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LUCI: Linux/Computer Mentors
Computer Mentors is a program that is being designed to provide professional
level training for high school students who are interested in computers, but
are not able to attend college. Our main goal is to take young adults out of
dead end, low paying jobs, and give them the skills necessary to get placed
in a starting position in the IT field. Our reasons for providing this
training free of charge is to allow anyone with the desire to learn and
progress the opportunity to do so.
Computer Mentors will provide training in the following areas:
1.) Unix systems operation.
2.) Computer repair and troubleshooting (break/fix).
3.) Linux systems administration.
4.) Networking essentials.
5.) Installing and configuring Linux and networking services.
6.) Programming with Perl.
The overall goal is to provide a solid foundation for the student to get
started in the computer industry, and we feel that the above topics will
cover a wide area of necessary knowledge.
We feel that Linux has the potential to bring computing to low-income
families and students, and by teaching these groups to use and become
proficient with this system there is an opportunity for these people to
elevate their social and financial situation through the use of their
knowledge. Other reasons include it's technical superiority over competing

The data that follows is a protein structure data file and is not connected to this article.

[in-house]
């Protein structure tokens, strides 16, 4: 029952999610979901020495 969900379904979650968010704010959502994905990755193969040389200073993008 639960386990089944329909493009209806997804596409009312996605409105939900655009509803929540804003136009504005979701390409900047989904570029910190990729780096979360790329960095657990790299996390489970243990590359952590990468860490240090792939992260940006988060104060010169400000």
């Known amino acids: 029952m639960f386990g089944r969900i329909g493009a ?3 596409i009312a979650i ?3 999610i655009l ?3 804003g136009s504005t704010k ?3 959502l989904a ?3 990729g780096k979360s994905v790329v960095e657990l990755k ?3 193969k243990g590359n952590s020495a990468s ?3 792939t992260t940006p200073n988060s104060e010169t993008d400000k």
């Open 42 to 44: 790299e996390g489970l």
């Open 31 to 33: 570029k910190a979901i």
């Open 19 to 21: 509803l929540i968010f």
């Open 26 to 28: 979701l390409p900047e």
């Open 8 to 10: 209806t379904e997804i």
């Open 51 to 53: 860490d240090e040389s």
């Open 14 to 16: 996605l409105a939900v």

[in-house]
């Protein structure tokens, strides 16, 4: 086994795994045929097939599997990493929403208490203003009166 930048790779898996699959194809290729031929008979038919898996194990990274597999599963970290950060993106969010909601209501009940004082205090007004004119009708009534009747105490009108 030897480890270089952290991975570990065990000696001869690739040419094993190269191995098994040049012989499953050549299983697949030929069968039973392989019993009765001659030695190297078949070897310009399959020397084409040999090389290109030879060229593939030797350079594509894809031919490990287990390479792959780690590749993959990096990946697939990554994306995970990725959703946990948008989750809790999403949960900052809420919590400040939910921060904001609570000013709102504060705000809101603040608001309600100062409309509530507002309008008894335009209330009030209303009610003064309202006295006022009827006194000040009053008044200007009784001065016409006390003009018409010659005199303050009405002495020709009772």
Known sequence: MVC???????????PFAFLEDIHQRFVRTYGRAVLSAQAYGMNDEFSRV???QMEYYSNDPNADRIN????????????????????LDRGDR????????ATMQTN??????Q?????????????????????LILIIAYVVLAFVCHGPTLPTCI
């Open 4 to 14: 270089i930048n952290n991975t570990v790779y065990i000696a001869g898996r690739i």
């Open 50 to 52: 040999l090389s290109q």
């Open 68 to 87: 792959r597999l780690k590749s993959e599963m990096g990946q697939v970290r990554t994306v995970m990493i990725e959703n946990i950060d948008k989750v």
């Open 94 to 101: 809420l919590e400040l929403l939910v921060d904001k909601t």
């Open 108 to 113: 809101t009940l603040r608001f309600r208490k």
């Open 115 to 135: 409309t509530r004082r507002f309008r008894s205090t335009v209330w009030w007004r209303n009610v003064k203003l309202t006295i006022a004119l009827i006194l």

products, the community it has created, and the General Public License (GNU
GPL) under which it is distributed which allows students to really
understand what's happening in the background, and this is vital in our
Computer Mentors is currently working to pull together the resources for
getting this project underway. The resources that we feel are necessary are:
1.) 10 computers with at least a 486 processor, 8 megs of memory, a 1
meg video card, and a 300 MB hard drive.
2.) A dedicated/semi-dedicated lab and library area.
3.) A full library of Linux, Unix, computer repair, and networking
We hope to have these resources in place by the end of May 1999.
Things to do
Currently, we are still short seven computers for the lab. Talks will be
going on this week and next with The Boys and Girls Club, and Big Brother,
Big Sister with the hopes of finding a dedicated lab area. Which only leaves
pulling together enough books to make a useable research library.
If you are interested in helping build computers, donating books or computer
parts, contacting possible corporate sponsors, helping plan out the course
material, or mentoring students please feel free to contact Jason Burke at:
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